Cat Bite or Scratch (Child)

Cats can cause wounds with their teeth or claws. Cat bites or scratches can be serious because cats can transmit an array of bacteria and parasites.

Cats have long sharp teeth that can create deep puncture wounds. They also have claws that can create deep scratches. These types of injury may cause bleeding. An infection may occur in 12 to 24 hours, particularly if the hand is affected. The area may become red, swollen, and very painful. Other possible symptoms include fever, drainage from the wound, and swollen lymph nodes.

Cat bites or scratches are treated by first rinsing the wound with saline or sterile water. The nearby skin is washed with a mild soap and warm water. Severe or deep injuries may be closed with stitches (sutures). A clean pressure dressing may then be applied. A tetanus shot may be needed, especially if the child’s last shot was more than 5 years ago. If you don’t know if the cat was vaccinated, rabies protocol may be followed. This includes keeping the cat isolated (quarantined) and giving a series of rabies shots to the child. If the wound is severe or infected, a hospital stay may be needed.

Home care

The healthcare provider may prescribe antibiotics to take by mouth (oral) or in cream or ointment form. These help prevent or treat infection. Follow instructions for applying or giving this medicine to your child.

General care

  • Wash your hands well with soap and warm water before and after caring for the wound. This helps lower the risk of infection.

  • Follow instructions on how to care for the wound. This may include cleaning the wound with gentle soap and warm water. If a dressing was applied to the wound, be sure to change it as directed.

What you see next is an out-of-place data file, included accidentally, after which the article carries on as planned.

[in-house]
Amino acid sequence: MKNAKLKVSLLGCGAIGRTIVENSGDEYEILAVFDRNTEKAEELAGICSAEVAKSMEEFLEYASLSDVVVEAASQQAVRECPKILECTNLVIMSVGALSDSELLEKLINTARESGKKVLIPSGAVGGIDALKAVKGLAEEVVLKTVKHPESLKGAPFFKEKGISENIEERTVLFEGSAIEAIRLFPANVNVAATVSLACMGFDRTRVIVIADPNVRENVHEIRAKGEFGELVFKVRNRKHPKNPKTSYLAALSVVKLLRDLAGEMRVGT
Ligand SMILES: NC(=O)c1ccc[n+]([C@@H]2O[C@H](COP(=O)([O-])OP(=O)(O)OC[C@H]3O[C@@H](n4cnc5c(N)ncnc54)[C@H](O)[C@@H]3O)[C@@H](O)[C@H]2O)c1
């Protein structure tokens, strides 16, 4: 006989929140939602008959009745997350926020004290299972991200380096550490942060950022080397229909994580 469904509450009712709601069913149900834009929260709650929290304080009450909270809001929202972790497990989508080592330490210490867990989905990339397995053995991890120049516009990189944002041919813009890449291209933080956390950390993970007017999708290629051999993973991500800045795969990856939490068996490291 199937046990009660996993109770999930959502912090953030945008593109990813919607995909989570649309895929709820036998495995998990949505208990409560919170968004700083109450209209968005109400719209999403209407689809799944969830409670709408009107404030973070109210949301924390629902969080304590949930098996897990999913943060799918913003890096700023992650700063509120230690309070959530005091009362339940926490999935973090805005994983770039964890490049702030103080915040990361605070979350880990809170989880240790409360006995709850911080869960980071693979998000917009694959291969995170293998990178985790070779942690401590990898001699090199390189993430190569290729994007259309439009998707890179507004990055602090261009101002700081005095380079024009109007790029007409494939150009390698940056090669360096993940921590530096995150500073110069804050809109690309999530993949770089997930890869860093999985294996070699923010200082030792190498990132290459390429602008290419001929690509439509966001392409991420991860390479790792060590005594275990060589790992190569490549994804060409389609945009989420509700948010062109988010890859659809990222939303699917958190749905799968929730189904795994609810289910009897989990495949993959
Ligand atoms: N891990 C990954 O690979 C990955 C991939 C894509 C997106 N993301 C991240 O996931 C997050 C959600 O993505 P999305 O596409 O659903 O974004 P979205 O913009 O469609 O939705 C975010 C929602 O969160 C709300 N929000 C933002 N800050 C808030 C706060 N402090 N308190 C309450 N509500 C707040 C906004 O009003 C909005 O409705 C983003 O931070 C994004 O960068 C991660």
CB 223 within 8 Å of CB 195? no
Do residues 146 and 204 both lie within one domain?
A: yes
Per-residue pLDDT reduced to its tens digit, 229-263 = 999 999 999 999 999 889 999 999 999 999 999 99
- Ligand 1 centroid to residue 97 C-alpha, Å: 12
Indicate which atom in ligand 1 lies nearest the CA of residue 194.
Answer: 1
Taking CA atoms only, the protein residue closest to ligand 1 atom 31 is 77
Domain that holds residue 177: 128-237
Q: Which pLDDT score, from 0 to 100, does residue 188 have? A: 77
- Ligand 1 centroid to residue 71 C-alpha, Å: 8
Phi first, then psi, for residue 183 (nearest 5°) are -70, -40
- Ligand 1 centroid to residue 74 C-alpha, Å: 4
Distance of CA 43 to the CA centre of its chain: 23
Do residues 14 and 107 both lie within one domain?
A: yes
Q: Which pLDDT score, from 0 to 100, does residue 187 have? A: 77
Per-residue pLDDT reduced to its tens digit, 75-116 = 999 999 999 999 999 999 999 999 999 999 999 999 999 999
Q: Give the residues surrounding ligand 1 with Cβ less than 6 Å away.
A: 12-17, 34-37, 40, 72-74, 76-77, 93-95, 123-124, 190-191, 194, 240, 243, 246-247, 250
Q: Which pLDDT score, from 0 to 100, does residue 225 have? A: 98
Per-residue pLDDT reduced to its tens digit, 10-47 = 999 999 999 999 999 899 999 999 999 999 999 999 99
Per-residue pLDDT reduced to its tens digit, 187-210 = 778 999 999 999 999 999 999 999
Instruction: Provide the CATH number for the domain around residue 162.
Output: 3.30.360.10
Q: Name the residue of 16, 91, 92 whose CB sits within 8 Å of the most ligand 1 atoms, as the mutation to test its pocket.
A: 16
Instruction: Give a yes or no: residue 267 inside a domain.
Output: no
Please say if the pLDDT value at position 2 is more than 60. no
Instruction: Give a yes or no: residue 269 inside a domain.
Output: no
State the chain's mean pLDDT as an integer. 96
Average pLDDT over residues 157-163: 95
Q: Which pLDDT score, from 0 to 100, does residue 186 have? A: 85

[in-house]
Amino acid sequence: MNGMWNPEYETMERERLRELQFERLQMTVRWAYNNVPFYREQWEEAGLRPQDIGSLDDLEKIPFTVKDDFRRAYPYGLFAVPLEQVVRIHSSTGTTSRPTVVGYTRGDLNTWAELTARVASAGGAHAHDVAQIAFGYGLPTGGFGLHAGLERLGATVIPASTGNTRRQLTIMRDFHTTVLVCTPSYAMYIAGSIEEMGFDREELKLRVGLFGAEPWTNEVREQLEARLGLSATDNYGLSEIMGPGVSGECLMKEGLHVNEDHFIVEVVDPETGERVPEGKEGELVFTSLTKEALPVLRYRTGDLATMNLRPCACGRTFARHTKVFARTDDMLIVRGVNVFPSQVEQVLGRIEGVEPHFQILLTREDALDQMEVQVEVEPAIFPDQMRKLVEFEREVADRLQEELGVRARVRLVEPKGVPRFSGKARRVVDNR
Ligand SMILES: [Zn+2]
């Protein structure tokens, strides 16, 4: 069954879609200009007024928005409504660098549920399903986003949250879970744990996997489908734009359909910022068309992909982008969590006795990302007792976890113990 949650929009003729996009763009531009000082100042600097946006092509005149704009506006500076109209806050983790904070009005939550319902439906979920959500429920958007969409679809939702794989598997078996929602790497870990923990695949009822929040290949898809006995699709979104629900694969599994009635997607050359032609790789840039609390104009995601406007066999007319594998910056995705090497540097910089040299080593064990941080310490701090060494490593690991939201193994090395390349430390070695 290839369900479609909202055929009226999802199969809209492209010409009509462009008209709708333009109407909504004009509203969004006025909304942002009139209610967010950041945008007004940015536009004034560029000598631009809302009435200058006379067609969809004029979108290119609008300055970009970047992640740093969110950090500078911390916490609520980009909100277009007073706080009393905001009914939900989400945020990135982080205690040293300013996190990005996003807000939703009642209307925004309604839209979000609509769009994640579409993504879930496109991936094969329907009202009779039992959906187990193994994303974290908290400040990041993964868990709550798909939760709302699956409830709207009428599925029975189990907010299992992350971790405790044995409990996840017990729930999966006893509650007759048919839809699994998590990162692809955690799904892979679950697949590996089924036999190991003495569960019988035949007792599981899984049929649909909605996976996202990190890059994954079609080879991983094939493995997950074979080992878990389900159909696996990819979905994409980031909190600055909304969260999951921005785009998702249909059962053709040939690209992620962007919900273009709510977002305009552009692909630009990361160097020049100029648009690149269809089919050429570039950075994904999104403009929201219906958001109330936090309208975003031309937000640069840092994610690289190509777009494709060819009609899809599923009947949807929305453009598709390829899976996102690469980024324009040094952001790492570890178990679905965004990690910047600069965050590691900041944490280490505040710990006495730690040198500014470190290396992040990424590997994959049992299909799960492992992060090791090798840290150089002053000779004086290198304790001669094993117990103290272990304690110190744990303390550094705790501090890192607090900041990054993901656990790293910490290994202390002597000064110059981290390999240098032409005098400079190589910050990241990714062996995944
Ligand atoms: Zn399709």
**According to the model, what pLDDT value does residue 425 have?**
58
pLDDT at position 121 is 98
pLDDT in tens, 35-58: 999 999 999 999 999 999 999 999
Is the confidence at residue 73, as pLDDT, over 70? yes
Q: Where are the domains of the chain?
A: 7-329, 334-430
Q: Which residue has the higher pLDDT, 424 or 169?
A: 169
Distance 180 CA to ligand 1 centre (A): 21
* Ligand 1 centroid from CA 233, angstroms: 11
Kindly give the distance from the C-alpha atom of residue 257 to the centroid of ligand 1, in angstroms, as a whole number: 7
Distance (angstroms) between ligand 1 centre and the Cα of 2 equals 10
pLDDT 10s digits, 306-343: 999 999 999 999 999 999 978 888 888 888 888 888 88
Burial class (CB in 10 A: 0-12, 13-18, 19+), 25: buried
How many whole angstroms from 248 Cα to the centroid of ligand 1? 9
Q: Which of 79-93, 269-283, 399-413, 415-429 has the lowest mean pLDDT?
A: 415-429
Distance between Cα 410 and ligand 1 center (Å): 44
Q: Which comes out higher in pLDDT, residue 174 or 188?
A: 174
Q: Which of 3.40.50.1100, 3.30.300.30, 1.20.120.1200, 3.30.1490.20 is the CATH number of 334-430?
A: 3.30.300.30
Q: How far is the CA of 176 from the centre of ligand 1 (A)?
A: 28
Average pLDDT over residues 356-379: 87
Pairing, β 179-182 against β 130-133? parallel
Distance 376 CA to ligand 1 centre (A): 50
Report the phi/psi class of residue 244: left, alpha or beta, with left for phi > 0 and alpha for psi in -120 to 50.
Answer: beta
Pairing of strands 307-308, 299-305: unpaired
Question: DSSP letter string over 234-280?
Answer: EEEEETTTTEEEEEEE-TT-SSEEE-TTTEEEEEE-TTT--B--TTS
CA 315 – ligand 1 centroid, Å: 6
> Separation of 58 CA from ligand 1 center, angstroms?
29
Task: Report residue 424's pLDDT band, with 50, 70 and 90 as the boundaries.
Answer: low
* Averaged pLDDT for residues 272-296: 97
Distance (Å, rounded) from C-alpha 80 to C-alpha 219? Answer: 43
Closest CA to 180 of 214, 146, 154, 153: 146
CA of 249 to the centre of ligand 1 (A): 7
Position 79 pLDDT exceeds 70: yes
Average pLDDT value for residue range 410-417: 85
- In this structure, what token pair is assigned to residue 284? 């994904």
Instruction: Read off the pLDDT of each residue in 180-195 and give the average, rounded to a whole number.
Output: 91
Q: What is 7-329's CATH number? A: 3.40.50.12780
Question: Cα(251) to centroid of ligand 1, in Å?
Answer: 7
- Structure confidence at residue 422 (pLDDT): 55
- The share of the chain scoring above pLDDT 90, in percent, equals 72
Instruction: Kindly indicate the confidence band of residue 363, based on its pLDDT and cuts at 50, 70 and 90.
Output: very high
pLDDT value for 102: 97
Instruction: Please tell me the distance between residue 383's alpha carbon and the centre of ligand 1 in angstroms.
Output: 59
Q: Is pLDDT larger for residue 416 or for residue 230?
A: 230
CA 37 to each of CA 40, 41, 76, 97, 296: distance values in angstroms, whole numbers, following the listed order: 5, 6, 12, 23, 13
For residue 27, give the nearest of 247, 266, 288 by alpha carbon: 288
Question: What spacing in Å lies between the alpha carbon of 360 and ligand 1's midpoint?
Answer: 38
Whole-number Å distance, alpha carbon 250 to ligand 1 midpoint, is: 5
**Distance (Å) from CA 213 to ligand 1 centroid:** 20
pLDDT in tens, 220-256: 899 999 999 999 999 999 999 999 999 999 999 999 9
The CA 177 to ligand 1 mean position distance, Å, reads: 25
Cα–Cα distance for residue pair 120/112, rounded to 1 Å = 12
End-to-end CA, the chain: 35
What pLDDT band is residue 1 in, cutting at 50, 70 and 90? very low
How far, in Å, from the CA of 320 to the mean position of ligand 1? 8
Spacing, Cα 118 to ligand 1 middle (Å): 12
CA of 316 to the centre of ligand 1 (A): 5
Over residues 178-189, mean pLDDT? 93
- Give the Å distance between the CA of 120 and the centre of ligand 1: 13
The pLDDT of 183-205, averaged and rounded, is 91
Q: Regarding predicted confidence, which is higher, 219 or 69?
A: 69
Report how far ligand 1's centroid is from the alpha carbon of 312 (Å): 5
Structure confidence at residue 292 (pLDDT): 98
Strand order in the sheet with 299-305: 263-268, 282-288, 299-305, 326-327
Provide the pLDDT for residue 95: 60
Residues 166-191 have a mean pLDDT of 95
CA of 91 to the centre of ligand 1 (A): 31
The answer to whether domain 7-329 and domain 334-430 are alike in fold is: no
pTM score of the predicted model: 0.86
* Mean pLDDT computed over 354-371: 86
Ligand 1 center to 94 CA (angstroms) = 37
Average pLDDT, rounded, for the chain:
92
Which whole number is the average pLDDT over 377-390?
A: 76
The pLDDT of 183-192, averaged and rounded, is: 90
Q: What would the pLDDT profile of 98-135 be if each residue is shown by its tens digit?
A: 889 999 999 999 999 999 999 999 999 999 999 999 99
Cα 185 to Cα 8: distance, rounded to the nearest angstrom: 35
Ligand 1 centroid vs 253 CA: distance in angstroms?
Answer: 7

• If the wound bleeds, place a clean, soft cloth on the wound. Then firmly apply pressure until the bleeding stops. This may take up to 5 minutes. Don't release the pressure and look at the wound during this time.

  • Check the wound daily for signs of infection (see below).


Do your best to prevent animal bites and scratches. If you're thinking about getting a family cat, pick one that has a good temperament and is least likely to be a danger to children. Teach your child to treat animals gently and with respect. Children should not go up to strange animals or tease or provoke animals.

Follow-up care

Follow up with your child’s healthcare provider, or as advised.

When to get medical advice

Call your child’s healthcare provider or get medical care right away if any of the following occur:

  • Your child has a fever of 100.4°F (38°C) or higher, or as advised by the provider

  • Your child has signs of infection around the scratch or bite, such as warmth, redness, swelling, or foul-smelling drainage.

  • Your child has bleeding that doesn’t stop after 5 minutes of firm pressure.

  • Your child has flu-like symptoms, such as fever, chills, headache, or swollen lymph nodes.

  • Your child is having trouble moving any body part near the site of the scratch or bite.

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